prophet 5

Prophet 5 synthesiser reissued by Sequential

In 1978, when the synthesizer was quickly overtaking the electric guitar as the hottest instrument in popular music, Sequential Circuits released the now-legendary Prophet 5, the world’s first programmable poly-synth. Despite ending production in 1984, it has retained its popularity on the second-hand market as well as in various software emulations. But now, it’s back, re-created in full by Sequential and its original inventor Dave Smith.


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So, what are the headlines? Well aside from the fact that you can now get your hands on a brand new Prophet 5 for the first time in over 35 years, the big question among purists is how the new version balances faithfulness to the original vs being updated for the modern age. It’s certainly clear that the purists will be happy – in terms of the signal path, the unit is a full-analog recreation of the original. Sequential even managed to source the original Curtis Electronics 3340 VCO chips for the oscillators, and there’s even better news when it comes to the recreation of the filers. The original unit went through a few revisions, with Dave Smith realising during research into the re-issue of the Prophet 5 that the Rev 1 SSI2040 filters, and the Rev 3 filters by Curtis, sounded distinctly different. The solution? They’ve included both, SSI2140 (modern-day equivalent of SSI2040) in the Rev 1/2 filter setting and the Curtis CEM 3320 in the Rev 3 filter setting, with a button to select the one you want to use. Elsewhere, the chassis is that same solid-wood and metal construction, with the layout of the knobs and controls faithful to the original design. There’s even CV and Gate in/outs for those who want to control these the old-school way.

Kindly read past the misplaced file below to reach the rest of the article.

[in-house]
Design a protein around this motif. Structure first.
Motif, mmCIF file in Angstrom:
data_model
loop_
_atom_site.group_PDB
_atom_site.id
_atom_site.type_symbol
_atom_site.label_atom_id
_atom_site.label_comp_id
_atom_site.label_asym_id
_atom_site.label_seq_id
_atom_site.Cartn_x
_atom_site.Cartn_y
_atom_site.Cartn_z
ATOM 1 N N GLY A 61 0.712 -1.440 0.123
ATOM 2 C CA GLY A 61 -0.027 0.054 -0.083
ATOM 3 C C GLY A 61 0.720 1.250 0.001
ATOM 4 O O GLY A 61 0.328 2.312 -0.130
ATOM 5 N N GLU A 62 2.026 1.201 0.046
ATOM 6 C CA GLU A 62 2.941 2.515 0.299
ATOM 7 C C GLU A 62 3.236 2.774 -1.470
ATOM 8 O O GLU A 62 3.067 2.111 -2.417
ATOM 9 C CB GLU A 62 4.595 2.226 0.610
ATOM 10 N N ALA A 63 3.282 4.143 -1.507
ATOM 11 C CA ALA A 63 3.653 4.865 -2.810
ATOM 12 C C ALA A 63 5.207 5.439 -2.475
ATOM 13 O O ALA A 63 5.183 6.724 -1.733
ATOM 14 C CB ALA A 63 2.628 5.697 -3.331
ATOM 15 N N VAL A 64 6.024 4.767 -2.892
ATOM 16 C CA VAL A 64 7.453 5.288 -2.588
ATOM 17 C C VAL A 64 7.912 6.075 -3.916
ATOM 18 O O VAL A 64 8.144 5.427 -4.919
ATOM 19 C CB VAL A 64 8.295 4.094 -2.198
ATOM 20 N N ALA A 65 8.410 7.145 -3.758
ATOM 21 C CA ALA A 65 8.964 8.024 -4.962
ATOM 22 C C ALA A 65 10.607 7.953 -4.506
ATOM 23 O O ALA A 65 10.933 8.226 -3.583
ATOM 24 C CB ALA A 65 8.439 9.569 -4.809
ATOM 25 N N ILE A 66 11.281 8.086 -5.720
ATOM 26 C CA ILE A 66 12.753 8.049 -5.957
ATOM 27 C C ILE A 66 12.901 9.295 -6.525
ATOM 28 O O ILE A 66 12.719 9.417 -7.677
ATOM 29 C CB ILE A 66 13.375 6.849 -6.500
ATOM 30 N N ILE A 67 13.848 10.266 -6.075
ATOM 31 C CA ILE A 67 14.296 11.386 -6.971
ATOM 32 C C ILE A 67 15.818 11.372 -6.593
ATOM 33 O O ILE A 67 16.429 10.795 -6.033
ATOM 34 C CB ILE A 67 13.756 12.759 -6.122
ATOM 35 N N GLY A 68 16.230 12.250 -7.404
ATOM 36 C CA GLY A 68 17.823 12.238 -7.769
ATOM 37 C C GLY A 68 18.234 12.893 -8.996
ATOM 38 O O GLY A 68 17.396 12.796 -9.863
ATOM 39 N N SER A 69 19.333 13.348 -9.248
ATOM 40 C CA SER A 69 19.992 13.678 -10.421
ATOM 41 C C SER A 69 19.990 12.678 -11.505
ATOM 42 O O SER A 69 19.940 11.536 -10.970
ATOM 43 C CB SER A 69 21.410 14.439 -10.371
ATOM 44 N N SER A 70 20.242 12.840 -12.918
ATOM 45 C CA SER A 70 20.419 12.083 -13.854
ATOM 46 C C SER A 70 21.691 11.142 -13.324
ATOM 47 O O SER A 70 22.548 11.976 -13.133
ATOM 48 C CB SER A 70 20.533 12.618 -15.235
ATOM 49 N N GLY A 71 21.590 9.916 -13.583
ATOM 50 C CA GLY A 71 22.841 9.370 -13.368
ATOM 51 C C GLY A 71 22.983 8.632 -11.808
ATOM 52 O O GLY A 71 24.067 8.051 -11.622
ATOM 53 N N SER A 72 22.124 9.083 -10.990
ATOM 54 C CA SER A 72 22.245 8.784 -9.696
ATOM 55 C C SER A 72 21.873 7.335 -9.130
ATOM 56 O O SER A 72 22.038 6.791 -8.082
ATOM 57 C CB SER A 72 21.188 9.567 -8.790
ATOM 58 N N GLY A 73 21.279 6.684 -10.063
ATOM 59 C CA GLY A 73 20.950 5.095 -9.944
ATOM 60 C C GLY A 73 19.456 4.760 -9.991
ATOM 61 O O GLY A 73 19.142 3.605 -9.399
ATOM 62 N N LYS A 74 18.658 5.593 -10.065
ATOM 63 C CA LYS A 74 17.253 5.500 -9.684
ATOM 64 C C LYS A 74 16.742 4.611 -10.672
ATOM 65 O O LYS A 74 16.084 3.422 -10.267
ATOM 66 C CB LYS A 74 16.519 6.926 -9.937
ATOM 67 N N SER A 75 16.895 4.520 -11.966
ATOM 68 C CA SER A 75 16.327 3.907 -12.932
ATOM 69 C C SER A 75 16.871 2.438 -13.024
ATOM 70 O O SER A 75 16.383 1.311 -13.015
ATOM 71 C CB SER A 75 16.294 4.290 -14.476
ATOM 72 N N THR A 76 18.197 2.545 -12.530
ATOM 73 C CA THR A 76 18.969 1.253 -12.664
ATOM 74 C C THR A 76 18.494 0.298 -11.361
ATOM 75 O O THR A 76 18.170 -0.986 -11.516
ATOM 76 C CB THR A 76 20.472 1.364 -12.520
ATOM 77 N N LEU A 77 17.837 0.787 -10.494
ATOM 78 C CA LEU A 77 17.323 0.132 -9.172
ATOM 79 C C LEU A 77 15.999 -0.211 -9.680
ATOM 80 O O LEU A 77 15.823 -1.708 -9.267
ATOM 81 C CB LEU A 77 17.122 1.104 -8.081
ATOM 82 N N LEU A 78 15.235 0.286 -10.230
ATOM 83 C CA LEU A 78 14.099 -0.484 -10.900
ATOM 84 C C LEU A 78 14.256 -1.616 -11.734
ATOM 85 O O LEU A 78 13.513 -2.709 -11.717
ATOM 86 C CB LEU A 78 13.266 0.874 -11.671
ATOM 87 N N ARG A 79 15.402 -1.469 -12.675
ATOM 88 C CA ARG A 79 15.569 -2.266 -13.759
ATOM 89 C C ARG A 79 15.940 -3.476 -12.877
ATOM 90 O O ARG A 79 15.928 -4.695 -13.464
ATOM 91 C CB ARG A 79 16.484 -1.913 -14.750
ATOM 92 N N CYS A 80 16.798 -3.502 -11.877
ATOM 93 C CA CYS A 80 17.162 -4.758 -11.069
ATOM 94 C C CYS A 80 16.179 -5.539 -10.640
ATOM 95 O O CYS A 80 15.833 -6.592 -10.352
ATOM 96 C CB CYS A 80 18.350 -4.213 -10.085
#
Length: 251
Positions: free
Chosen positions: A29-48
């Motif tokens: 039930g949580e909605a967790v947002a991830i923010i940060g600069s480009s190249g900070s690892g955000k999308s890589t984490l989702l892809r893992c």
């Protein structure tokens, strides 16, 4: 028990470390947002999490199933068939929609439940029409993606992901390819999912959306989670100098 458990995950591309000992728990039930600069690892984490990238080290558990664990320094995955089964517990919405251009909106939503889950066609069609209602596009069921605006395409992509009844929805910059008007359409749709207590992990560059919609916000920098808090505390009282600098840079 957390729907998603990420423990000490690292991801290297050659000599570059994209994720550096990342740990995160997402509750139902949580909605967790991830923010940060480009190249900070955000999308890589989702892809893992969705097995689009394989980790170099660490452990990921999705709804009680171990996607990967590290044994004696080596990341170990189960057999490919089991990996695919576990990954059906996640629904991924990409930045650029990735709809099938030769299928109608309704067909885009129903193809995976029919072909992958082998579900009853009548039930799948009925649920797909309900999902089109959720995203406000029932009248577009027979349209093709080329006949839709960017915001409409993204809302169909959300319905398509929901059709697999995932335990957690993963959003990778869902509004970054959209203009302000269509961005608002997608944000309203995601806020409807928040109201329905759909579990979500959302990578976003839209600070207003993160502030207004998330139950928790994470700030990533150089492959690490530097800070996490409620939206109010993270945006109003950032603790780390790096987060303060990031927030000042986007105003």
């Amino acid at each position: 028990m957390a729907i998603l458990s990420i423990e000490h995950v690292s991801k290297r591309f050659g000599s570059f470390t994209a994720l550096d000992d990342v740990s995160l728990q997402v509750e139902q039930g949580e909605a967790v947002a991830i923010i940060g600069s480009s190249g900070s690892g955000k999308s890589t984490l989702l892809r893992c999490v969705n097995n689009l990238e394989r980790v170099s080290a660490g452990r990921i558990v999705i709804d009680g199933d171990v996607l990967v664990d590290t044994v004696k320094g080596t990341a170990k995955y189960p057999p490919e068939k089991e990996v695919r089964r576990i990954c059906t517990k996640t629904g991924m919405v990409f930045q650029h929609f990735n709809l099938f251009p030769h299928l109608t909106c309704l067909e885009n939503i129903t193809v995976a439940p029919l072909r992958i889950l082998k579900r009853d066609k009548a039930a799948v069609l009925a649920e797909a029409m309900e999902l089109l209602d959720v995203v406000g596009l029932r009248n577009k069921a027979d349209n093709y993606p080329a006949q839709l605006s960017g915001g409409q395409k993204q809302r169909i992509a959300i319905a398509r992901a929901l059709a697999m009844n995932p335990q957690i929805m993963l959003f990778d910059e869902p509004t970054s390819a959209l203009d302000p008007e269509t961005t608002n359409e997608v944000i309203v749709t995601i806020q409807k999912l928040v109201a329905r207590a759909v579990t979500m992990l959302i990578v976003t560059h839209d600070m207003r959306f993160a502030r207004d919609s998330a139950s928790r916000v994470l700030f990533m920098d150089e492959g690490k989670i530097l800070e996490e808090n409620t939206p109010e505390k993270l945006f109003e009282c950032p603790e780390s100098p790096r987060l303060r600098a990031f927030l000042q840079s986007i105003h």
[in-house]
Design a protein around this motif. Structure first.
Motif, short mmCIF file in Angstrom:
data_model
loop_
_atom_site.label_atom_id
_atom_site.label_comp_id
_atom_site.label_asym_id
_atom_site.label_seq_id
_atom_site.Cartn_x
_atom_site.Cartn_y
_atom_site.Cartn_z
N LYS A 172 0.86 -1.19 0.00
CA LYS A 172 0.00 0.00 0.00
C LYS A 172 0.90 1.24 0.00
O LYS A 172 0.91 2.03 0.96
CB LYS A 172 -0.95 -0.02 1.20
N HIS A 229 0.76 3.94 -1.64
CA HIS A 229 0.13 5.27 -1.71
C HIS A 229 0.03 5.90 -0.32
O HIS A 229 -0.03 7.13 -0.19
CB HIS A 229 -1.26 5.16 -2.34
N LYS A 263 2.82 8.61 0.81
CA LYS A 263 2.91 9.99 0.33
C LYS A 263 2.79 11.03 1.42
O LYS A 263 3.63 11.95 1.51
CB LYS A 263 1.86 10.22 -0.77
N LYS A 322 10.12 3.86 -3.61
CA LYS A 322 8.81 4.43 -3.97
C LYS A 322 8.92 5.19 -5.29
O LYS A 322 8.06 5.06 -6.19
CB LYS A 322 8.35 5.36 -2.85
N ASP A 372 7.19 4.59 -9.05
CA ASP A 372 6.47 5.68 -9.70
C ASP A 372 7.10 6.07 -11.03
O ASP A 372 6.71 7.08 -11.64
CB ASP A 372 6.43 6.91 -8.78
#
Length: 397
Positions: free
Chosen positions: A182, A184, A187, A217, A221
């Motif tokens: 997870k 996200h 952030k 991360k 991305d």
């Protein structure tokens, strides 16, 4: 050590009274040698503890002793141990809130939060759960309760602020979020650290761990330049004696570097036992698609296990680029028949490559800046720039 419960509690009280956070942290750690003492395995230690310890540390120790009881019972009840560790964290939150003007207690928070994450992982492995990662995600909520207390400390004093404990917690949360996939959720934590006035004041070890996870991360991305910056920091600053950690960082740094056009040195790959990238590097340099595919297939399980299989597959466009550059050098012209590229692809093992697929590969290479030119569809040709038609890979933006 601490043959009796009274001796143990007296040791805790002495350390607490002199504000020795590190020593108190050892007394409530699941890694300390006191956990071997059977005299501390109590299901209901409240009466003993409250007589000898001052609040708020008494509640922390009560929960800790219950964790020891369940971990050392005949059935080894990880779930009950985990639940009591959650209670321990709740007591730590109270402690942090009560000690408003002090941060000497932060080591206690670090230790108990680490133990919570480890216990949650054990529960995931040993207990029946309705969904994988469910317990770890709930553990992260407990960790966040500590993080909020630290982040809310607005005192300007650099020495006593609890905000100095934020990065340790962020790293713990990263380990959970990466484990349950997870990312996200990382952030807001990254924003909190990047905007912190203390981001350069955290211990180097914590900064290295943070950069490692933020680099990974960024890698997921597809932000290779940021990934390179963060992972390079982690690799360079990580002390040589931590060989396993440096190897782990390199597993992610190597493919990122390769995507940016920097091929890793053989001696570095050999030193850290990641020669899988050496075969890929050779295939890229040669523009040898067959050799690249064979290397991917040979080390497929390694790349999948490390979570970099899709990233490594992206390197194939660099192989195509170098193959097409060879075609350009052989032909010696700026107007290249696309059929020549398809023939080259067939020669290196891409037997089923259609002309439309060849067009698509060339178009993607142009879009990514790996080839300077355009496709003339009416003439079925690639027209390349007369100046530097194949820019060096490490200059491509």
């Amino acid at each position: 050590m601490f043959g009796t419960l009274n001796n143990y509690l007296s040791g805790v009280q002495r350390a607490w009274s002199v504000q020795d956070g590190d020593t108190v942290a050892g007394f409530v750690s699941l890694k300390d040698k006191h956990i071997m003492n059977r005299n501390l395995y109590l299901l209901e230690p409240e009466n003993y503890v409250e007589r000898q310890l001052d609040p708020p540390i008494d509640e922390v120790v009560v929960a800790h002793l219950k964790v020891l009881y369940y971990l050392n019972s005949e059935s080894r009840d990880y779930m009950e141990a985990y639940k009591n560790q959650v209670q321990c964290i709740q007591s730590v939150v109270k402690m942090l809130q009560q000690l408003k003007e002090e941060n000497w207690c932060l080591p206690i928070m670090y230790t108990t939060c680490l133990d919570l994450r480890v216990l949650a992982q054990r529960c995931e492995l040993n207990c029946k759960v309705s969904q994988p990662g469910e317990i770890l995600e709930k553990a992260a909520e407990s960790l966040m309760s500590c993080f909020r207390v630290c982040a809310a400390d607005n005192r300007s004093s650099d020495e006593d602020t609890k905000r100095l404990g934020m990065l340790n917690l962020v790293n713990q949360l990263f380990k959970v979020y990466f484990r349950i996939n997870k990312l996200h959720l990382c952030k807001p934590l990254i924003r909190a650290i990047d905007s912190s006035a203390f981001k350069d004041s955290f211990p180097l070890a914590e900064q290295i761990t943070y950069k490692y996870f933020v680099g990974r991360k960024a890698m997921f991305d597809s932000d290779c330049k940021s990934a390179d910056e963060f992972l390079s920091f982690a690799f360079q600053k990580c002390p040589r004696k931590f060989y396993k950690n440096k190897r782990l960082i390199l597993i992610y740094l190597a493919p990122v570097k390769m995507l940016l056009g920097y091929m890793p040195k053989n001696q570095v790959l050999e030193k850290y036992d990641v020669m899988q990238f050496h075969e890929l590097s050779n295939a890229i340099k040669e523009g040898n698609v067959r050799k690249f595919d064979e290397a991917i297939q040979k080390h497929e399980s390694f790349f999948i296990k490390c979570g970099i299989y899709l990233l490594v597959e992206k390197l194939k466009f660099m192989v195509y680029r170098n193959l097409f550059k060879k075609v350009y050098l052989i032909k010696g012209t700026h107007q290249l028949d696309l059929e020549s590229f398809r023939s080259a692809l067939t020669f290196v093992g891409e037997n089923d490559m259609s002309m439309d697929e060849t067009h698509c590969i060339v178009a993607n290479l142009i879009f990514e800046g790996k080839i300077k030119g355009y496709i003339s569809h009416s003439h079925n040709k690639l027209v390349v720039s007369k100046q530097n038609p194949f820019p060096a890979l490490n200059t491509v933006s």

So what’s new? Well, one of the most interesting is the inclusion of a “vintage” knob, which works along the same pattern of the different revisions of the synth. 4 is the minimum setting because this version is effectively Rev 4 of the Prophet 5, so everything is nice and tight, and functions perfectly. Go to 3, and the tuning loosens up somewhat, with full unpredictability at 2 and 1. This emulates the non-perfect tuning of analog synths, as different components often wouldn’t behave as expected as they went through a heat cycle. For more complex polyphonic sounds, this unpredictable and slightly chaotic element gives the Prophet 5 a unique and rich character. Elsewhere, there’s the addition of features that are a few decades old, but weren’t around when the original was produced, notably MIDI in/outs and velocity and aftertouch buttons. There’s also the addition of a USB port, and the number of onboard presets has increased from 40 to 200 factory settings, with a further 200 user preset slots to boot. And are five voices not enough? Well, there’s also a Prophet 10 being released, which includes 10 voices in return for a little more cash.

As the Prophet 5 is designed and assembled in San Francisco, a lot of it presumably by hand, this is far from a mass-produced consumer product, so it’s only fair to expect the price to be substantial. At $3,499 for the Prophet 5 and $4,299 for the Prophet 10, it isn’t what you’d call cheap, but when you consider that a global search for an original on eBay right now turns up just four examples for sale ranging between £6,000 and £9,000, it’s something of a bargain.

Find out more about the Prophet 5 via their website here.

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Image Copyright – Sequential